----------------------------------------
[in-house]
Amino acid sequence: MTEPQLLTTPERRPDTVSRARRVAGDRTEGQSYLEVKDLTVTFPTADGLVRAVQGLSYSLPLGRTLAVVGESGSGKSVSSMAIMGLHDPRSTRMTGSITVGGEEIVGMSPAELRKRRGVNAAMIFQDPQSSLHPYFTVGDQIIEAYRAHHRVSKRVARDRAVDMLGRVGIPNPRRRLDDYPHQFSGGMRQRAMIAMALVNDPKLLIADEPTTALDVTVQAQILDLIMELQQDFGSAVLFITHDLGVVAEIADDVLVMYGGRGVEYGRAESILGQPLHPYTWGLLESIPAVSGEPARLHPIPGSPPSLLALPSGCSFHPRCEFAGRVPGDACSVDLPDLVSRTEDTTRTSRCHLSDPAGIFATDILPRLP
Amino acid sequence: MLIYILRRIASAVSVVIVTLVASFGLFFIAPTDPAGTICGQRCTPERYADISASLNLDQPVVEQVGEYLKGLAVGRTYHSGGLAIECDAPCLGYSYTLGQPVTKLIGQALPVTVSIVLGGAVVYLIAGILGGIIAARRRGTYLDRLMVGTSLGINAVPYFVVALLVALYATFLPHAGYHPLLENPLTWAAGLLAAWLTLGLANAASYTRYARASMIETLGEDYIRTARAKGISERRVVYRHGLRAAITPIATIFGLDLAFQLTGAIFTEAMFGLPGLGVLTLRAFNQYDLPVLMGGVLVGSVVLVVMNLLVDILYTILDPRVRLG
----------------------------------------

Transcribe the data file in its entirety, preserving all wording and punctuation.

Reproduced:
[in-house]
Amino acid sequence: MTEPQLLTTPERRPDTVSRARRVAGDRTEGQSYLEVKDLTVTFPTADGLVRAVQGLSYSLPLGRTLAVVGESGSGKSVSSMAIMGLHDPRSTRMTGSITVGGEEIVGMSPAELRKRRGVNAAMIFQDPQSSLHPYFTVGDQIIEAYRAHHRVSKRVARDRAVDMLGRVGIPNPRRRLDDYPHQFSGGMRQRAMIAMALVNDPKLLIADEPTTALDVTVQAQILDLIMELQQDFGSAVLFITHDLGVVAEIADDVLVMYGGRGVEYGRAESILGQPLHPYTWGLLESIPAVSGEPARLHPIPGSPPSLLALPSGCSFHPRCEFAGRVPGDACSVDLPDLVSRTEDTTRTSRCHLSDPAGIFATDILPRLP
Amino acid sequence: MLIYILRRIASAVSVVIVTLVASFGLFFIAPTDPAGTICGQRCTPERYADISASLNLDQPVVEQVGEYLKGLAVGRTYHSGGLAIECDAPCLGYSYTLGQPVTKLIGQALPVTVSIVLGGAVVYLIAGILGGIIAARRRGTYLDRLMVGTSLGINAVPYFVVALLVALYATFLPHAGYHPLLENPLTWAAGLLAAWLTLGLANAASYTRYARASMIETLGEDYIRTARAKGISERRVVYRHGLRAAITPIATIFGLDLAFQLTGAIFTEAMFGLPGLGVLTLRAFNQYDLPVLMGGVLVGSVVLVVMNLLVDILYTILDPRVRLG